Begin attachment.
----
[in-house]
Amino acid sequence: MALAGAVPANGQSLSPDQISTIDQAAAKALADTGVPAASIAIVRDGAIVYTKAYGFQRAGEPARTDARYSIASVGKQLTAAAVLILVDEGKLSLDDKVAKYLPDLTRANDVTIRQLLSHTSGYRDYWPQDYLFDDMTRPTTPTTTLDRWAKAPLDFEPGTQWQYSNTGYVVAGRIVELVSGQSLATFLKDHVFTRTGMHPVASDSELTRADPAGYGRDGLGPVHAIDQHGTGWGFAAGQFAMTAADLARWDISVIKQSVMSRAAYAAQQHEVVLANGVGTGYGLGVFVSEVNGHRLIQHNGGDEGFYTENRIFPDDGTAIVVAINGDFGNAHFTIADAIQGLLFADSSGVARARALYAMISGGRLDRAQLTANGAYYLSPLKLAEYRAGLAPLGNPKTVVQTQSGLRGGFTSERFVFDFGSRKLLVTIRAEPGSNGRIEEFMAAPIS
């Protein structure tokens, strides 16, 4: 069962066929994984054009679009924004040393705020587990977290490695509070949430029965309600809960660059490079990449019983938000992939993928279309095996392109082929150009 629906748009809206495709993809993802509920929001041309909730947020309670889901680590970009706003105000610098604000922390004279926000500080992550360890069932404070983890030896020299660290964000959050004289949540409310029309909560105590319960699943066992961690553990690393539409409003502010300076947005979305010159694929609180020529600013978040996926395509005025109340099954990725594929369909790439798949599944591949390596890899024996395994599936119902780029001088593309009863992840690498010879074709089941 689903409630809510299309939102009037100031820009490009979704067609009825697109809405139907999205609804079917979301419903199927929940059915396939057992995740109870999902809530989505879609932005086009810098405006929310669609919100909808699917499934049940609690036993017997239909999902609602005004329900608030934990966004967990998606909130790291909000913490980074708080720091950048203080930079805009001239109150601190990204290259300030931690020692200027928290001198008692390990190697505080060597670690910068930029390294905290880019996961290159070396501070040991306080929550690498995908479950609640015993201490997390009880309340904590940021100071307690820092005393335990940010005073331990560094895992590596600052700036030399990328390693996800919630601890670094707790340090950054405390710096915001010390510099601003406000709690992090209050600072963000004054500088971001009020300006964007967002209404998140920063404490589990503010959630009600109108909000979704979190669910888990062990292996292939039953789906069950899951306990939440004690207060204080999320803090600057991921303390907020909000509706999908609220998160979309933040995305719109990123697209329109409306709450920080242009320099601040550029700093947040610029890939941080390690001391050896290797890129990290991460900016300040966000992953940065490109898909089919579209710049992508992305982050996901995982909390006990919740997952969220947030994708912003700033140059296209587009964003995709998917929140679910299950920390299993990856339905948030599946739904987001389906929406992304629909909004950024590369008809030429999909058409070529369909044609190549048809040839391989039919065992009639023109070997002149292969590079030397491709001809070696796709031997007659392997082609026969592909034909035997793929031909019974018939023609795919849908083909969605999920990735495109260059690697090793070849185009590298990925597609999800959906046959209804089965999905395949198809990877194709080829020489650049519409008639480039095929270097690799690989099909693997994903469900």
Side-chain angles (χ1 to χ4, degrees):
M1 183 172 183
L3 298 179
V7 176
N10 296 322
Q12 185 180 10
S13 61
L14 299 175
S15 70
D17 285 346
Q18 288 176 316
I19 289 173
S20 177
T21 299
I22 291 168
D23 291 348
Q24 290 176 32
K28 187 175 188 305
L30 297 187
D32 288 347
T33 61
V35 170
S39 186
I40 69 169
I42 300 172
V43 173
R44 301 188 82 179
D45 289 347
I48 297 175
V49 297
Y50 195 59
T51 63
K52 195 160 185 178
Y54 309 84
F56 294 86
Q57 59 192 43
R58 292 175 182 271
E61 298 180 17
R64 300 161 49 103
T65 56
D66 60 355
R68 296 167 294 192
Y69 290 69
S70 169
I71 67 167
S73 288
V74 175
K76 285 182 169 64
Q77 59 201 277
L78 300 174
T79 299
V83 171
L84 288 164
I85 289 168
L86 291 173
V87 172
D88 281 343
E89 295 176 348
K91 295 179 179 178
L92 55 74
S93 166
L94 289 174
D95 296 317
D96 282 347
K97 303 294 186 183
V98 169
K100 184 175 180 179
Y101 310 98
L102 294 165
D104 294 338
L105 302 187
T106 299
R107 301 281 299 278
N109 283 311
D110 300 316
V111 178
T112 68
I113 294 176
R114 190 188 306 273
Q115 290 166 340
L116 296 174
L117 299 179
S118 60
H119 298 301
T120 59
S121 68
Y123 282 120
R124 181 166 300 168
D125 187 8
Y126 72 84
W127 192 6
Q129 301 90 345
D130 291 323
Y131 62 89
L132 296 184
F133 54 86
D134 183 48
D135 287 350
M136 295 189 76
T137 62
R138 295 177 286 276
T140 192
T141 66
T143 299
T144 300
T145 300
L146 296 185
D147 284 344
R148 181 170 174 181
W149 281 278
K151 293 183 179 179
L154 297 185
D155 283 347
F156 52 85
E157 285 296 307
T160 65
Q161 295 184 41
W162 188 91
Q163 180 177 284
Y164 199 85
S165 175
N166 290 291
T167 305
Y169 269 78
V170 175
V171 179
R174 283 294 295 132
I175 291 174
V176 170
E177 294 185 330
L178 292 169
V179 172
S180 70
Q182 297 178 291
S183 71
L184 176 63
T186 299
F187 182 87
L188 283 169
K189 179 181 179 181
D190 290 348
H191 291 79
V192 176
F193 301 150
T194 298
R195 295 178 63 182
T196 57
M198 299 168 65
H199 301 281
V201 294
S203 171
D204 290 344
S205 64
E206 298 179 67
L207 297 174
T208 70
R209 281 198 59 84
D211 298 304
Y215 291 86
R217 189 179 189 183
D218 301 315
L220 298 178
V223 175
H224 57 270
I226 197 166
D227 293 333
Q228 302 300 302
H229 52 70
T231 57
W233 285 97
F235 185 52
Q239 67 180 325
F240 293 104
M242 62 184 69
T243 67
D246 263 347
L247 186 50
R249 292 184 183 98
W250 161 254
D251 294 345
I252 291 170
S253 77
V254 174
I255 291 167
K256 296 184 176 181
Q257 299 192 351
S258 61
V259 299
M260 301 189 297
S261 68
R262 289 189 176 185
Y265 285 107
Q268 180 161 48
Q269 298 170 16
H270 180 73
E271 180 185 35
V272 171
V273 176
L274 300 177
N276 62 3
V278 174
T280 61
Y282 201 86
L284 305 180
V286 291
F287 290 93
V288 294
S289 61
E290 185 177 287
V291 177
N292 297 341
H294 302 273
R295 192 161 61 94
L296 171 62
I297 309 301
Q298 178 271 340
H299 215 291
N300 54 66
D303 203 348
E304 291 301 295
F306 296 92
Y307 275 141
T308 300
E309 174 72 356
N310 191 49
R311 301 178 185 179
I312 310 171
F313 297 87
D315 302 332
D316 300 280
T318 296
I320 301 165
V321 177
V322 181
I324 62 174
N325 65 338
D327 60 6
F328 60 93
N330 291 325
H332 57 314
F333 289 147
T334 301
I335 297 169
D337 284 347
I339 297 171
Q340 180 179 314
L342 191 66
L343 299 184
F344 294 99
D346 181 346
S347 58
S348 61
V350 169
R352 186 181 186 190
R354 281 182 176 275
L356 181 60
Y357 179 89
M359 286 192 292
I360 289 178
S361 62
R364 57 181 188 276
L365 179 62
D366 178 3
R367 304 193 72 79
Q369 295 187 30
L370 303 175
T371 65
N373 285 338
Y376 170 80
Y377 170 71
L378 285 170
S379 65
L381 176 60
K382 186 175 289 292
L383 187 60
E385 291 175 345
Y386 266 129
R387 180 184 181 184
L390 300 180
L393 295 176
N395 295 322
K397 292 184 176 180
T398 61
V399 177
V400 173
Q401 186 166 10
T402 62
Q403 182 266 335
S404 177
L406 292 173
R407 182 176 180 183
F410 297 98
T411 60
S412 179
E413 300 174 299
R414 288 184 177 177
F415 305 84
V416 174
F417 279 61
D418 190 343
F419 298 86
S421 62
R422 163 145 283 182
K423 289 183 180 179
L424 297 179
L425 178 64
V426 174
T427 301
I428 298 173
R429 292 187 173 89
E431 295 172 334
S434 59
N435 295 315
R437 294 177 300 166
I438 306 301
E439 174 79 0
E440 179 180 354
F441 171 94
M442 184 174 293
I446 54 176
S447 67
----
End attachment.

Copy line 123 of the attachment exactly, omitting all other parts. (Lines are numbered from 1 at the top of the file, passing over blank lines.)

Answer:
Y164 199 85